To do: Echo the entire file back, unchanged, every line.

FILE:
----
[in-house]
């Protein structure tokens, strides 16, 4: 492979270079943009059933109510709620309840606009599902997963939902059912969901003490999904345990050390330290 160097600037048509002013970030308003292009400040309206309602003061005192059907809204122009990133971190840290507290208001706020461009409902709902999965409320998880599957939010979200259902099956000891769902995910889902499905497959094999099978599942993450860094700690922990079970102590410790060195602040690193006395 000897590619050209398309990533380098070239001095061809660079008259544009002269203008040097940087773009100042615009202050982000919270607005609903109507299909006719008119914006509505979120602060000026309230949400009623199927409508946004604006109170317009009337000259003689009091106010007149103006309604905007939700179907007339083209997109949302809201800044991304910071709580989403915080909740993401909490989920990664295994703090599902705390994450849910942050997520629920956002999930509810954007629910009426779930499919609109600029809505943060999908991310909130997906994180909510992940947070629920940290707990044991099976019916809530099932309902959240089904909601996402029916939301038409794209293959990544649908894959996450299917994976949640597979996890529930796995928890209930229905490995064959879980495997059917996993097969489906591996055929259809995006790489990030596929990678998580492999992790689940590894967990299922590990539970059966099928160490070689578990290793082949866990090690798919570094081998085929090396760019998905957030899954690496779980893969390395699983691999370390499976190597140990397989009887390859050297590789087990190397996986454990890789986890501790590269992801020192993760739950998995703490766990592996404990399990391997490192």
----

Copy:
[in-house]
């Protein structure tokens, strides 16, 4: 492979270079943009059933109510709620309840606009599902997963939902059912969901003490999904345990050390330290 160097600037048509002013970030308003292009400040309206309602003061005192059907809204122009990133971190840290507290208001706020461009409902709902999965409320998880599957939010979200259902099956000891769902995910889902499905497959094999099978599942993450860094700690922990079970102590410790060195602040690193006395 000897590619050209398309990533380098070239001095061809660079008259544009002269203008040097940087773009100042615009202050982000919270607005609903109507299909006719008119914006509505979120602060000026309230949400009623199927409508946004604006109170317009009337000259003689009091106010007149103006309604905007939700179907007339083209997109949302809201800044991304910071709580989403915080909740993401909490989920990664295994703090599902705390994450849910942050997520629920956002999930509810954007629910009426779930499919609109600029809505943060999908991310909130997906994180909510992940947070629920940290707990044991099976019916809530099932309902959240089904909601996402029916939301038409794209293959990544649908894959996450299917994976949640597979996890529930796995928890209930229905490995064959879980495997059917996993097969489906591996055929259809995006790489990030596929990678998580492999992790689940590894967990299922590990539970059966099928160490070689578990290793082949866990090690798919570094081998085929090396760019998905957030899954690496779980893969390395699983691999370390499976190597140990397989009887390859050297590789087990190397996986454990890789986890501790590269992801020192993760739950998995703490766990592996404990399990391997490192």